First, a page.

Analysis: gold prices hit all-time high as Iran’s president dies

Some Iranians mourned the death of Iranian President Ebrahim Raisi…

Raisi funeral poster

Gold prices hit an all-time high on Monday (20 May) following the premature death of Iranian President Ebrahim Raisi and the announcement that Saudi Arabia’s King Salman had fallen ill.

Uncertainty over the mineral-rich region prompted gold to reach $2,438.5 per troy ounce, according to Nasdaq.

Raisi, Iran’s Foreign Minister Hossein Amir-Abdollahian and other Iranian officials were killed in a helicopter crash near the Azerbaijan border on Sunday (19 May), the same day that Saudi Crown Prince Mohammed bin Salman postponed a visit to Japan due to King Salman’s medical tests.

Oil prices also rose amid the news of King Salman’s illness, but later fell back.

Raisi created an “isolated” Iran

While Iran and Saudi Arabia boast substantial gold reserves, political upheaval in both countries is not the only reason for spiralling gold prices, according to David Kurtz, head of mining and construction analysis at GlobalData.

“Broadly speaking, gold prices were up anyway and had already been hitting all-time highs this year,” Kurtz tells Mining Technology. “Gold reached $2,400 per ounce from expectations that interest rates will be cut in the second half of 2024, cooling US inflation and previously higher jobless data in the US.”

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As with rising gold prices, Iran has blamed US sanctions for the helicopter crash, with former Iranian Foreign Minister Javad Zarif pointing to restricted access to aviation parts.

“I don’t think the death of President Ebrahim Raisi caused any major spike as such, but geopolitical tensions are generally supporting gold at the moment,” Kurtz adds.

Domestic volatility has also driven Iranians to avoid keeping their savings in cash or deposit accounts – preferring gold as a protection against Iran’s weakening rial currency.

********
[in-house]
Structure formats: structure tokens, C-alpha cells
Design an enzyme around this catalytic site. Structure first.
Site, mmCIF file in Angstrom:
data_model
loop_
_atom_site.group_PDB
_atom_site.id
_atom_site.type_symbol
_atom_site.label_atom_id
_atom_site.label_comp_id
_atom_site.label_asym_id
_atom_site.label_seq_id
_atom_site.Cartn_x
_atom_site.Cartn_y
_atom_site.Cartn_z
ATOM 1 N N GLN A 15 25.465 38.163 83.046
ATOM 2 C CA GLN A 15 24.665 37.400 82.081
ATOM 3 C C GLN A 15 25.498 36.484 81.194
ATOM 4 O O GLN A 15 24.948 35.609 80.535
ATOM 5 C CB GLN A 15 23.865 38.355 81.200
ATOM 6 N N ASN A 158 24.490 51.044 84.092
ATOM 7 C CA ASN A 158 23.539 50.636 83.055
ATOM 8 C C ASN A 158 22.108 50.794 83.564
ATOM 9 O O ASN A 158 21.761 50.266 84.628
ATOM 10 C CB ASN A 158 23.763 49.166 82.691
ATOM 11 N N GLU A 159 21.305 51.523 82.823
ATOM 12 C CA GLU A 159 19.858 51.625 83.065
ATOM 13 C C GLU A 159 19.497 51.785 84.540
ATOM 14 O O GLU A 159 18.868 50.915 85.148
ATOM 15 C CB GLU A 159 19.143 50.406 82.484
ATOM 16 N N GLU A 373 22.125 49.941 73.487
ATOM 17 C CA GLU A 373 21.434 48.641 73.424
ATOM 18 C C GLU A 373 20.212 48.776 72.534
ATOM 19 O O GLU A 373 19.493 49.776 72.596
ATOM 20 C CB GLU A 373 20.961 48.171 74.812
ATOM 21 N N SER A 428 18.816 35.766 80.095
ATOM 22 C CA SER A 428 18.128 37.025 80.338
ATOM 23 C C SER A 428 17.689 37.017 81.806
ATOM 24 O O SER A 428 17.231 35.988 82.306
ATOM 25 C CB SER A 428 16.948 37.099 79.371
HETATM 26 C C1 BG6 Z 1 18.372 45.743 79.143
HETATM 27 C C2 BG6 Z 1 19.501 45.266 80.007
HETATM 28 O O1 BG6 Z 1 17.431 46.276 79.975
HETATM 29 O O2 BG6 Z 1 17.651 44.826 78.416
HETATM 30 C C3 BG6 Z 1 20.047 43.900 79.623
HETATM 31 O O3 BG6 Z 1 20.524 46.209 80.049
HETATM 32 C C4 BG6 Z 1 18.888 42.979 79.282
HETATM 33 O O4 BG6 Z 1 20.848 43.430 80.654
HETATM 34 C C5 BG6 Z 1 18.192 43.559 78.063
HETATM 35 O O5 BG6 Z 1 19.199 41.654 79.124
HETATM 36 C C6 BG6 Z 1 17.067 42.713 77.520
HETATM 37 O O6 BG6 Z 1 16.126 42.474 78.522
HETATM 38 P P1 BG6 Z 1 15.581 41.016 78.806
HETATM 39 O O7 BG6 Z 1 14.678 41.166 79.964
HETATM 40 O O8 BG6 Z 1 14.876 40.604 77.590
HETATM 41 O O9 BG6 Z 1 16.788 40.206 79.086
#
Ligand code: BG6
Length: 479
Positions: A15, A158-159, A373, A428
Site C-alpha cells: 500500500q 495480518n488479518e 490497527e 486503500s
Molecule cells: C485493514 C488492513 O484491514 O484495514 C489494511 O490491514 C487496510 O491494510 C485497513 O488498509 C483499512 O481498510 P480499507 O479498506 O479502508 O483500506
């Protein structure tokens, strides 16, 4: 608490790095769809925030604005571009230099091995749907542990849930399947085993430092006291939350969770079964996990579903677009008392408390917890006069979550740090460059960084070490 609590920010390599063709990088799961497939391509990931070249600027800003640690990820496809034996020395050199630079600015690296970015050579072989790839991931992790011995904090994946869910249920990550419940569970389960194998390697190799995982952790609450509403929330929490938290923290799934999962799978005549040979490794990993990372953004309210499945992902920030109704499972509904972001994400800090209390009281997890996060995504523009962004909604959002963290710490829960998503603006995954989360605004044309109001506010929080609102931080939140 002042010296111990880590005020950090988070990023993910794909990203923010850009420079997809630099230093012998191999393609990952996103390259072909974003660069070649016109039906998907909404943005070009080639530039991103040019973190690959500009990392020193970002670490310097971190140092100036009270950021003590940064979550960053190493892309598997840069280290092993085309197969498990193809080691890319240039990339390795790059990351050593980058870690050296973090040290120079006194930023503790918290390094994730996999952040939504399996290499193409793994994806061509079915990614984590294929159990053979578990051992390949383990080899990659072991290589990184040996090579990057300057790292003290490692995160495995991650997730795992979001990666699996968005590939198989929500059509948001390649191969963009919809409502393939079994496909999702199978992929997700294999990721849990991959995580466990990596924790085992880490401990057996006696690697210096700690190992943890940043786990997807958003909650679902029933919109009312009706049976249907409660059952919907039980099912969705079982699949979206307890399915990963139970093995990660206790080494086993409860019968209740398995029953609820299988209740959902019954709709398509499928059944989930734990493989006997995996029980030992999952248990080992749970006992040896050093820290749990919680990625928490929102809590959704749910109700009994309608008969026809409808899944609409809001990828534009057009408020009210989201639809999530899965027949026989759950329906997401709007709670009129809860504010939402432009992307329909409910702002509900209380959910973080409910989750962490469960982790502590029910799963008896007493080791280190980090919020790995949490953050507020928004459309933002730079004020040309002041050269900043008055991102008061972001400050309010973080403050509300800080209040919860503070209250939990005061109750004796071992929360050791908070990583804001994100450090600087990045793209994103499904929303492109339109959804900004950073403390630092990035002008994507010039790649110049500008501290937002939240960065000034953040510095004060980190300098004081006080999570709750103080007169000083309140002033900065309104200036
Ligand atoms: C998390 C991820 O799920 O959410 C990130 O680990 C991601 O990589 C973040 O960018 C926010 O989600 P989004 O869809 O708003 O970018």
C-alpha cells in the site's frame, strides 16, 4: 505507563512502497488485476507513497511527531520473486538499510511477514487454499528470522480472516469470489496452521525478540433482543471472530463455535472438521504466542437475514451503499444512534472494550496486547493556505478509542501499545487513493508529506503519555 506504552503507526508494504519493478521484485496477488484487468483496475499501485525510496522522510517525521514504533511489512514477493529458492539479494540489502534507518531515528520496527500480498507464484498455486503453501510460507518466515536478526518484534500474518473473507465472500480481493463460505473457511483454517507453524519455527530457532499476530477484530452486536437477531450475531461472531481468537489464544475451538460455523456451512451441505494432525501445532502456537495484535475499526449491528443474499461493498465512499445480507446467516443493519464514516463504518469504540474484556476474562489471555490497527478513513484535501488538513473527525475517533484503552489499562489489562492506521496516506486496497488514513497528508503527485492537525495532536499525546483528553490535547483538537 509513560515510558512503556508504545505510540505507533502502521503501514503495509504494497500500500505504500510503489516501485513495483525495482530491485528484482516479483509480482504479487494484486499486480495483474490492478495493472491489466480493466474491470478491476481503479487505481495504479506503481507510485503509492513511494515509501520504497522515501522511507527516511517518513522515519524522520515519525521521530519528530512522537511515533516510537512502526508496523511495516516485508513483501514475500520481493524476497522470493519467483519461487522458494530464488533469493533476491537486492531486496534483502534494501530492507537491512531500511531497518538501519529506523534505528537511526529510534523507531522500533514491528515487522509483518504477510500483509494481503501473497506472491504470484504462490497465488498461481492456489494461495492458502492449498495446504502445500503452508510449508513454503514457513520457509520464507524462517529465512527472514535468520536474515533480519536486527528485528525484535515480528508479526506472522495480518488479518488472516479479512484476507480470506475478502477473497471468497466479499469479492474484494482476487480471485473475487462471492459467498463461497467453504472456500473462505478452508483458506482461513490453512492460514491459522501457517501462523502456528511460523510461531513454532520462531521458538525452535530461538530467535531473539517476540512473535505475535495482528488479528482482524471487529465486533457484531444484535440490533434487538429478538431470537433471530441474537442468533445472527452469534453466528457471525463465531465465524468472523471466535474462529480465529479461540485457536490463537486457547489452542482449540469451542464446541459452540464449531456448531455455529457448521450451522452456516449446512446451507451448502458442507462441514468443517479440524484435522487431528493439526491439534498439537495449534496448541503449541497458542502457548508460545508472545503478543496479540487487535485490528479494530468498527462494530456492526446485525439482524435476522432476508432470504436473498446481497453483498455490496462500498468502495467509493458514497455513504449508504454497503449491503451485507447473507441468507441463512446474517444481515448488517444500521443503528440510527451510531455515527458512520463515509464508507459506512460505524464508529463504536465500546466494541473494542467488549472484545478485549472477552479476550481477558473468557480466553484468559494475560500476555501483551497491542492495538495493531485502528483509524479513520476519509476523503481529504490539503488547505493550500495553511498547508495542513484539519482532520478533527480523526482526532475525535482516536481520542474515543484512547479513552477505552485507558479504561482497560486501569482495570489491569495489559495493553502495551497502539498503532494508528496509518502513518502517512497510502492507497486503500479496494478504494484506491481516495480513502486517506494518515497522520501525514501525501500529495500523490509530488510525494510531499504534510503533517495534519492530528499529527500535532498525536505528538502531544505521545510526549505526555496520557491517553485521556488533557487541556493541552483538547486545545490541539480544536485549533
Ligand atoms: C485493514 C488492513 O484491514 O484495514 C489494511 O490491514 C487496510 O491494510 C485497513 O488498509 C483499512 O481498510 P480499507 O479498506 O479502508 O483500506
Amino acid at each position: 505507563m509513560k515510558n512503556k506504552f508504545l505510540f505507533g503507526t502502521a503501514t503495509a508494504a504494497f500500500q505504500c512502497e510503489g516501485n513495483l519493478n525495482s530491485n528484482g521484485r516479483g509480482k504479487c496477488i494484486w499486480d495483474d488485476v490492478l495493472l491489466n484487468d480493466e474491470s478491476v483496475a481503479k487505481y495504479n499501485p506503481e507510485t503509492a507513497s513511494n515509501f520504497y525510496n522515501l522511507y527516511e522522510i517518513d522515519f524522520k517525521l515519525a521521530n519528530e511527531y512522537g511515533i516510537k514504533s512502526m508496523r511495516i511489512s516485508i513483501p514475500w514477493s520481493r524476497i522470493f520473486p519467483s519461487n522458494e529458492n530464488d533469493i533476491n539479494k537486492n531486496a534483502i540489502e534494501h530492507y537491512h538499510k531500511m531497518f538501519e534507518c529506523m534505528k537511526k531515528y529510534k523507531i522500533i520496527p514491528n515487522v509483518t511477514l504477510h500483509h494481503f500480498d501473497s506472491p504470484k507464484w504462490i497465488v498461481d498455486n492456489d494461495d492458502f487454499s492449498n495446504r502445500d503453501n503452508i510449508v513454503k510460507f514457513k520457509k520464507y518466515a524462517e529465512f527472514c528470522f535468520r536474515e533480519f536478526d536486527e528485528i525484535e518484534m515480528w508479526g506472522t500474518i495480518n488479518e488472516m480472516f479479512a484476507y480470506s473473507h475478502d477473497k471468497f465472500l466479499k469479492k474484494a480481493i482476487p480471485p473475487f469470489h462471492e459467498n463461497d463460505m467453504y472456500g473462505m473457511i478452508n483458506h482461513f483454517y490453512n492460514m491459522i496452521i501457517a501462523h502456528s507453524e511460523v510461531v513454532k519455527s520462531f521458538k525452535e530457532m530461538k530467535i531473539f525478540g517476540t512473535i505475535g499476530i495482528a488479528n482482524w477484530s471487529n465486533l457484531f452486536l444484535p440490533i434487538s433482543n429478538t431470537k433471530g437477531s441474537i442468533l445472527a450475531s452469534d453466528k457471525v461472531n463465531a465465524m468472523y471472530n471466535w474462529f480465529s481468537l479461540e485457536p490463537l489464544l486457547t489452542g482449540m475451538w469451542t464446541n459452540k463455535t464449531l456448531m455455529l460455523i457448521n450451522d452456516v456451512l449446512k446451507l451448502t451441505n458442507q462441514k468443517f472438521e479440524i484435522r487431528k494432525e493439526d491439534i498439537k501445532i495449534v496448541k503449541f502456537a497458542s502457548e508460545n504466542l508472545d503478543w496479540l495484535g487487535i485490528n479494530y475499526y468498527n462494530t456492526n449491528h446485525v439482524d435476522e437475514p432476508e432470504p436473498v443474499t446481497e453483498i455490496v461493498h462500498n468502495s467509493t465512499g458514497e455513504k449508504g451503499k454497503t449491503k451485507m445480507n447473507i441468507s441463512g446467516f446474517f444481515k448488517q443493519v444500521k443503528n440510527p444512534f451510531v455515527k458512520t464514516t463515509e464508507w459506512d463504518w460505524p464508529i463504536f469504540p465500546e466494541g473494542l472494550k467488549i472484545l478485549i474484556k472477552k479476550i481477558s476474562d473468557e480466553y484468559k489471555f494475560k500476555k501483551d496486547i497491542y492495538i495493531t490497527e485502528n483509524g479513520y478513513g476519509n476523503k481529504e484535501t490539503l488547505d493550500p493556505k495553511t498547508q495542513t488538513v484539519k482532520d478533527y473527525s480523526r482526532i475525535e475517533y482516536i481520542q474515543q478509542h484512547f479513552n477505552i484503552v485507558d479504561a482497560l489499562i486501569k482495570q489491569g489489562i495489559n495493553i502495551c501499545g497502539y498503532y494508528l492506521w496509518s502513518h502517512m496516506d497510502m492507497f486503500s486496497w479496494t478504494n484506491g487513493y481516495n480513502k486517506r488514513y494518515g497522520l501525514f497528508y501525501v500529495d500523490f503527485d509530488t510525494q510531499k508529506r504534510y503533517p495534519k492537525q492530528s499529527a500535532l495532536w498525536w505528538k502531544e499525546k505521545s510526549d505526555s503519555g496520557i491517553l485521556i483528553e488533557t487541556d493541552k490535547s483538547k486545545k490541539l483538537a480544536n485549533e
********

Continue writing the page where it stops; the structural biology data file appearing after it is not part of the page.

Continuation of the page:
Iran’s international isolation has been deepened by questionable human rights practices, many of which were perpetrated by Raisi.

“During Raisi’s presidency, personal, social, ideological and political freedoms were more suppressed than ever, leading to widespread pressure on the people and general disillusionment,” a leading campaigner for protest organisation Women For Iran tells Mining Technology.

“The value of Iran’s currency has plummeted, there was widespread poverty, unemployment and financial embezzlement by the government and other wings of the regime,” the campaigner, who wishes to remain anonymous, adds. “Moreover, Iran’s international relations deteriorated, the regime became more isolated, the value of the Iranian passport plummeted, and the migration of educated and skilled individuals increased significantly.”

Human rights groups including Amnesty International have accused Raisi of crimes against humanity, notably including his hand in the 2019 crackdown on protests across Iran, during which the Iranian Revolutionary Guard Corps (IRGC) and other security forces killed 321 people.

International condemnation followed, and economic restrictions were subsequently imposed on Iranian oil, gold and other commodities.

“The ‘Woman, Life, Freedom’ movement sparked after Mahsa Amini’s murder was brutally suppressed and subjected to widespread killing when Raisi was president,” Women For Iran’s campaigner says. “Many protesters were killed, blinded, or imprisoned, and numerous executions were carried out.”

Iran’s Supreme Leader Ayatollah Ali Khamenei may have declared five days of national mourning for Raisi yesterday (21 May) but, for some, the death of the so-called ‘Butcher of Tehran’ has sparked celebration, not grief.

Should a brief and perhaps coincidental rise in gold prices be Raisi’s departing legacy, many Iranians will deem it more than he deserved.

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